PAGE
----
Chef plates dish on wood stump.


There is the mentality in the industry that it’s all about having thick skin if you want to make it.

The Crisis in Your Restaurant's Back-of-House

Allowing harassment to take place can ruin your business, no matter how great the food or service.

Harassment in the workplace is prevalent across the restaurant industry, but it’s not just the front-of-house staff like servers and bussers to worry about. It’s happening with back-of-house staff, too, but restaurants aren’t armed to handle and prevent harassment among this group of employees. It requires a different approach to target harassment in the back of house as opposed to front-of-house. Below is why it’s so difficult and prevalent in back-of-house and how to prevent it in the future.

Why it’s a problem:

Back-of-house staff don’t have the same support. Oftentimes, if there is a server that is being harassed they go to the general manager, or assistant manager who have been trained to deal with HR issues/employee personnel issues. With back of house folks, like a sous chef or prep cook, they aren’t close with the GM in the way a traditional bartender or server may be. They may be going to their manager, often the executive chef, who hasn’t had any training on harassment or people issues. They are high-level chefs who are creative people who are used to being in the culinary world.

Because back of this, back of house staff often don’t know where to go or who to turn to if they have an experience with harassment, so they end up going online and trying to figure it out on their own, which often means a lawsuit.

They work long hours in tight spaces. Back of house staff typically work really long hours with one another in close circles. The physical workspace is small with tight kitchens, walk-in-coolers, small hallways. If someone is having a problem, it’s hard to escape or know where to go because staff are constantly brushing by each other, walking food and hot plates or dishes in a closed environment. This could lead to uncomfortable situations if people aren’t acting appropriate and staff haven’t been trained correctly.

There can be a language barrier. For back of house folks, English is often not the first language for them. When harassment trainings are done in English (which they almost always are), they don’t get the full benefit of the training and may even miss some of the key points because they can’t understand it. Additionally, most employee handbooks and policies are in English, too. Because of this, back-of-house staff may not even recognize what they’re doing is wrong or don’t think they’re being held responsible because training was in English.

Kitchen department has been traditionally male dominated. There naturally are more men in kitchen environments and while restaurants and people in the industry are working to change that, there is still some work to do. There is the mentality in the industry that it’s all about having thick skin if you want to make it. This could lead women to feel like they have to put up with certain things in their workplace, which isn’t true. Restaurants should be giving women more of an outlet to talk and voice concerns.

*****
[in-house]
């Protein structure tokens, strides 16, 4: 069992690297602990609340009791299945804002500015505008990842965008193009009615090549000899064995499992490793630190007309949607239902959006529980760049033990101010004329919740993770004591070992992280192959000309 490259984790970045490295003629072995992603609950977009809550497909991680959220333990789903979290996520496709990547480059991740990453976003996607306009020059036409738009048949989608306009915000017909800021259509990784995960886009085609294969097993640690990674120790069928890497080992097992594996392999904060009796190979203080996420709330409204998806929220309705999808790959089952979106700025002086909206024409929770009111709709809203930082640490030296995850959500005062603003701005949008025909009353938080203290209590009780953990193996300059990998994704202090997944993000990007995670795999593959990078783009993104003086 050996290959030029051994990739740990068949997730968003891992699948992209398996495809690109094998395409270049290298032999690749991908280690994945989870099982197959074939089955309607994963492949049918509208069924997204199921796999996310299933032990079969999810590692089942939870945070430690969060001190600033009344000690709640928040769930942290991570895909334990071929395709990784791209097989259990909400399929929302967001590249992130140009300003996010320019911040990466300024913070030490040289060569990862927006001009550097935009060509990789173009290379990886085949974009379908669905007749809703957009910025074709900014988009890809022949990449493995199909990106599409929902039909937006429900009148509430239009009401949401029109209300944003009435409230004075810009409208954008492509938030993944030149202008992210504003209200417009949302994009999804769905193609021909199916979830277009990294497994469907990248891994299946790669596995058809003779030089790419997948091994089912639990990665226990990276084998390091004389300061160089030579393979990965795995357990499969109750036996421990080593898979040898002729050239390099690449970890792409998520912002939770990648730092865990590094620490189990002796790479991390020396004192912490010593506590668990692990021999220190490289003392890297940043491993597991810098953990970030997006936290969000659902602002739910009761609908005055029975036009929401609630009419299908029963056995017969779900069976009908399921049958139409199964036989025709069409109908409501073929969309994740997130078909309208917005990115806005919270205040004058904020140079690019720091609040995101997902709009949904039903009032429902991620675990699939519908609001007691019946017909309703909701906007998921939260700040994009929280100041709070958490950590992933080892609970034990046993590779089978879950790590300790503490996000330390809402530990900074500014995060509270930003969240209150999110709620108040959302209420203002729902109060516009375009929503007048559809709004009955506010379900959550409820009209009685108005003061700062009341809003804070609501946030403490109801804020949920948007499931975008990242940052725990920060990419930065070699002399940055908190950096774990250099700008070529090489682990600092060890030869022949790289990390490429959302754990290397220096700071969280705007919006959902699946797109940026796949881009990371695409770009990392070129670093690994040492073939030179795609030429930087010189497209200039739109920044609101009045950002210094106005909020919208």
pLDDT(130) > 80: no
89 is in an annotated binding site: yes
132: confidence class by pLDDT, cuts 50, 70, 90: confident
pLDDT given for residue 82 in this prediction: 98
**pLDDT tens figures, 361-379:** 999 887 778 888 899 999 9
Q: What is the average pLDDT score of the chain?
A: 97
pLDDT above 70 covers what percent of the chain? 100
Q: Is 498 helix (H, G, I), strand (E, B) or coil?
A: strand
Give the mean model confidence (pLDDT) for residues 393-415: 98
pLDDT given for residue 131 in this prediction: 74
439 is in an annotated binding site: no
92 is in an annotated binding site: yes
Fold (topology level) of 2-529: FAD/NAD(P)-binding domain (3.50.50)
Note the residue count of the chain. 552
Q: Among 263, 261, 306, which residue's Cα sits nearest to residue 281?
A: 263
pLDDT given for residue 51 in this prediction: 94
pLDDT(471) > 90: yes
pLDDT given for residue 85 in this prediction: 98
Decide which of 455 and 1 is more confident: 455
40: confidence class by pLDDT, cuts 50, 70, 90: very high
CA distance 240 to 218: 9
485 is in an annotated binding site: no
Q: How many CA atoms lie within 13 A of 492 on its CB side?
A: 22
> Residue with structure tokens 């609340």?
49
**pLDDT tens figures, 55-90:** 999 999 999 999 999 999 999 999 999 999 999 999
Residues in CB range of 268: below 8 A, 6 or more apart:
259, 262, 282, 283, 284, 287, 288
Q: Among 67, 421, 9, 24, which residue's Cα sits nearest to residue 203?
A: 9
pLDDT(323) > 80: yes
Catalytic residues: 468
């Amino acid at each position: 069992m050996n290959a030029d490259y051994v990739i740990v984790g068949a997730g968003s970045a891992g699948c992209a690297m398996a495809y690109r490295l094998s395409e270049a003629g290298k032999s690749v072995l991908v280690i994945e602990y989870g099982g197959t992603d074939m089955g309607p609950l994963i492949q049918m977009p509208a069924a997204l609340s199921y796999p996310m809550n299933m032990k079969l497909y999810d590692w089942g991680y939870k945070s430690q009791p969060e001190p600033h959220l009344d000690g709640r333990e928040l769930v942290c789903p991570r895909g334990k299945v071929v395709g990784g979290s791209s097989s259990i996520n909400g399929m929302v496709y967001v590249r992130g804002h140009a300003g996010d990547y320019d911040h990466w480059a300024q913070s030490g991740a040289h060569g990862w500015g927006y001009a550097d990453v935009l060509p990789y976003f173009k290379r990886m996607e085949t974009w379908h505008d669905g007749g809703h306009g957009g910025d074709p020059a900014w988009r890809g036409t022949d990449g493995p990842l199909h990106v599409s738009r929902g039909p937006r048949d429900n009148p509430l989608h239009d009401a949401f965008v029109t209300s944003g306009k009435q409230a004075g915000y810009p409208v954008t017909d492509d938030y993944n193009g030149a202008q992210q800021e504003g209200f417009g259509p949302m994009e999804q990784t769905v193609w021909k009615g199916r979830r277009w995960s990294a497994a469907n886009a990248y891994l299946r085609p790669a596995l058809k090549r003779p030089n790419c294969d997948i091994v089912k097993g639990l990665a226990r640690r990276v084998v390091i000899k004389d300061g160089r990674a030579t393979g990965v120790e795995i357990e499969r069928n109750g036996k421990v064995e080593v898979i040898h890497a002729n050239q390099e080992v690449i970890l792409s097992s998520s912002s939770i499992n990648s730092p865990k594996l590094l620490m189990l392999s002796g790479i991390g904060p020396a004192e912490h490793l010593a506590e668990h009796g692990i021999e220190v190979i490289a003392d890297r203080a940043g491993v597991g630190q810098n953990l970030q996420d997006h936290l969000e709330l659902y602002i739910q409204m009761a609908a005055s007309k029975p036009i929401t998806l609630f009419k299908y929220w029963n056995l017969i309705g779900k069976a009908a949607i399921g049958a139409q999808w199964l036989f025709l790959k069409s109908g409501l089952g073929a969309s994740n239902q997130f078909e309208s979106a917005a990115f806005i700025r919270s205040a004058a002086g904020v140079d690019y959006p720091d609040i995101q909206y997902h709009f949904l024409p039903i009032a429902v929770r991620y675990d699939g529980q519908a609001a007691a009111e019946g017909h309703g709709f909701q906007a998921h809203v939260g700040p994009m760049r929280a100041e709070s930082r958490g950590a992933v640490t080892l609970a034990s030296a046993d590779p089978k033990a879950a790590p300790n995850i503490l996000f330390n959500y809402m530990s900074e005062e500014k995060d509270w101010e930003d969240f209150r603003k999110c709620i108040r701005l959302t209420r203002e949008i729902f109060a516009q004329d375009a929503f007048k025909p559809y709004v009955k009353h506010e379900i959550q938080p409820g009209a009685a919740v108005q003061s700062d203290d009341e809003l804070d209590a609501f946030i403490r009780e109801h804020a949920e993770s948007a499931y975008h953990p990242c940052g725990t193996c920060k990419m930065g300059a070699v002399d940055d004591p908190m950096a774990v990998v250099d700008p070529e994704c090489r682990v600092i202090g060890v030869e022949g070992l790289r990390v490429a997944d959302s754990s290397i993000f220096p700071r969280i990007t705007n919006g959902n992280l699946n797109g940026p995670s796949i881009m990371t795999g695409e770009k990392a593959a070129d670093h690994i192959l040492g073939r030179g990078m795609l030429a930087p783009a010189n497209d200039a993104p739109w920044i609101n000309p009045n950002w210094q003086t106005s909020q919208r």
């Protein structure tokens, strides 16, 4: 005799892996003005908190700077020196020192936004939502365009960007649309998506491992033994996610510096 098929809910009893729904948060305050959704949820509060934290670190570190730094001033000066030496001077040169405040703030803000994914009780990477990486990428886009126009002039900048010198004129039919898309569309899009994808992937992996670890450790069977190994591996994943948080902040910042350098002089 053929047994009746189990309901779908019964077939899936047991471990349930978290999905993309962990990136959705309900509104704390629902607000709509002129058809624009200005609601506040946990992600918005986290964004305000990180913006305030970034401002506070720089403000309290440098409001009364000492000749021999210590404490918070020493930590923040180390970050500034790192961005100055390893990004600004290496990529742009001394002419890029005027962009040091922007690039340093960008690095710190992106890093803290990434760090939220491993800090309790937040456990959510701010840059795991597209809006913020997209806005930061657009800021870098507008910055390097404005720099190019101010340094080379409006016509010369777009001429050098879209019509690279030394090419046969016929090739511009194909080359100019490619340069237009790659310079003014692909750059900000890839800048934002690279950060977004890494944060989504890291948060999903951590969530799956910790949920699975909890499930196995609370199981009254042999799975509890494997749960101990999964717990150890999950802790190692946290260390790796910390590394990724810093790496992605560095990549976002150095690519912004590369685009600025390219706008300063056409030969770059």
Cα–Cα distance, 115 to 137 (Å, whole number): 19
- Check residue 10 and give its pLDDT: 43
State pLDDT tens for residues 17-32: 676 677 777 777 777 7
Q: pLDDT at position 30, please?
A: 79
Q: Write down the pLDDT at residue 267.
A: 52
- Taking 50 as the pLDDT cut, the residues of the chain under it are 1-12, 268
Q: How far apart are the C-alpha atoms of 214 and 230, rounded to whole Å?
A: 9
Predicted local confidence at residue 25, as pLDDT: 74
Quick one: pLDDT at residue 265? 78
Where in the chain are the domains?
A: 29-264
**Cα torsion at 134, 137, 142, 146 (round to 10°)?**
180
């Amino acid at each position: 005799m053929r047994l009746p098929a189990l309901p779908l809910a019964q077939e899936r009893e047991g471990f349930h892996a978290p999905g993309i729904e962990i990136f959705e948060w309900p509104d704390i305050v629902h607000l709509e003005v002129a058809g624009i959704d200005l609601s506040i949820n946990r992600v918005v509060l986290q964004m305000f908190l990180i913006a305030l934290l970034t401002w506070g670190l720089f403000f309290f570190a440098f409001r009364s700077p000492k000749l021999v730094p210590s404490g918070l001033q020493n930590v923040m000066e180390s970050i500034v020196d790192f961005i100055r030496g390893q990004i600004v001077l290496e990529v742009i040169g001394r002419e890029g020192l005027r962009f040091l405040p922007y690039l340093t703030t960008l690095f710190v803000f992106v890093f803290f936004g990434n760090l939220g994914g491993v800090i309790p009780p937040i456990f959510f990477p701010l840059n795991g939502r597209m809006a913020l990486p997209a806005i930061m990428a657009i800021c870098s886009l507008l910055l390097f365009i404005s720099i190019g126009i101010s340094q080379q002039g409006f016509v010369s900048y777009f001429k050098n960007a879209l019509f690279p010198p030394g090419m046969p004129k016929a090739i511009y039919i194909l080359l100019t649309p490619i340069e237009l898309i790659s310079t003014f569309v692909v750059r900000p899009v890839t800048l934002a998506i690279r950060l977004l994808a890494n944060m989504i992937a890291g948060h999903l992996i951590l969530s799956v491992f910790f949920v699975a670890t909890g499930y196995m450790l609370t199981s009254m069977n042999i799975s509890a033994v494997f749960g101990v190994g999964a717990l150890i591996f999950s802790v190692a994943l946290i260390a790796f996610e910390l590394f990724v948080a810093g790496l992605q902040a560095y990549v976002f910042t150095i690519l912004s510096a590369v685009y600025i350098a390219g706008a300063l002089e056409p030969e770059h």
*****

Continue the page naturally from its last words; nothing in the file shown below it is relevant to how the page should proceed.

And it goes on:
Have a back-of-house HR liaison or lead. This could be a sous chef or executive chef, but could also be someone who is specifically paying attention to back of house. Whether it’s an assistant GM that is solely responsible for back of house or designating someone else as a representative responsible for this group of employees, it’s important they have someone to go to and know exactly who that person is and how they can help. Restaurants should think about putting someone bilingual into the role to avoid any language barriers.

More trainings and policies in Spanish. The harassment trainings should be done in both Spanish and English. Or, at least have someone who is bilingual translating it as it is going on.

Hire and highlight more women. Restaurants should make a more concerted effort to hire women and make them feel comfortable with zero-tolerance policies. Additionally, they should Incorporate more women into the interview process, so they have more of a say in who their coworkers may be. This also allows candidates to have a better understanding of who may be in the kitchen with them. 

Include values-based questions in the interview. Make sure you’re hiring people with morals and the right values from the beginning. Ask questions like “tell me about a time you dealt with a situation that challenged your morals.” This will give insight into their emotional intelligence moral compass. What do they deem to be important? Where do they draw the line? 

The bottom line is that no matter how famous or great a restaurant’s chef may be, allowing harassment to take place and not taking all of the measures required to prevent and end it is not only illegal, but is bad for business.

Gretchen Van Vlymen, SPHR, SHRM-SCP, is the Vice President of Human Resources at StratEx, a human resources software and consulting firm specializing in the restaurant industry. Van Vlymen oversees all delivery and execution of StratEx's team of HR consultants and benefits administration. She ensures employers are armed with sound advice to reduce liability associated with all facets of day-to-day HR.

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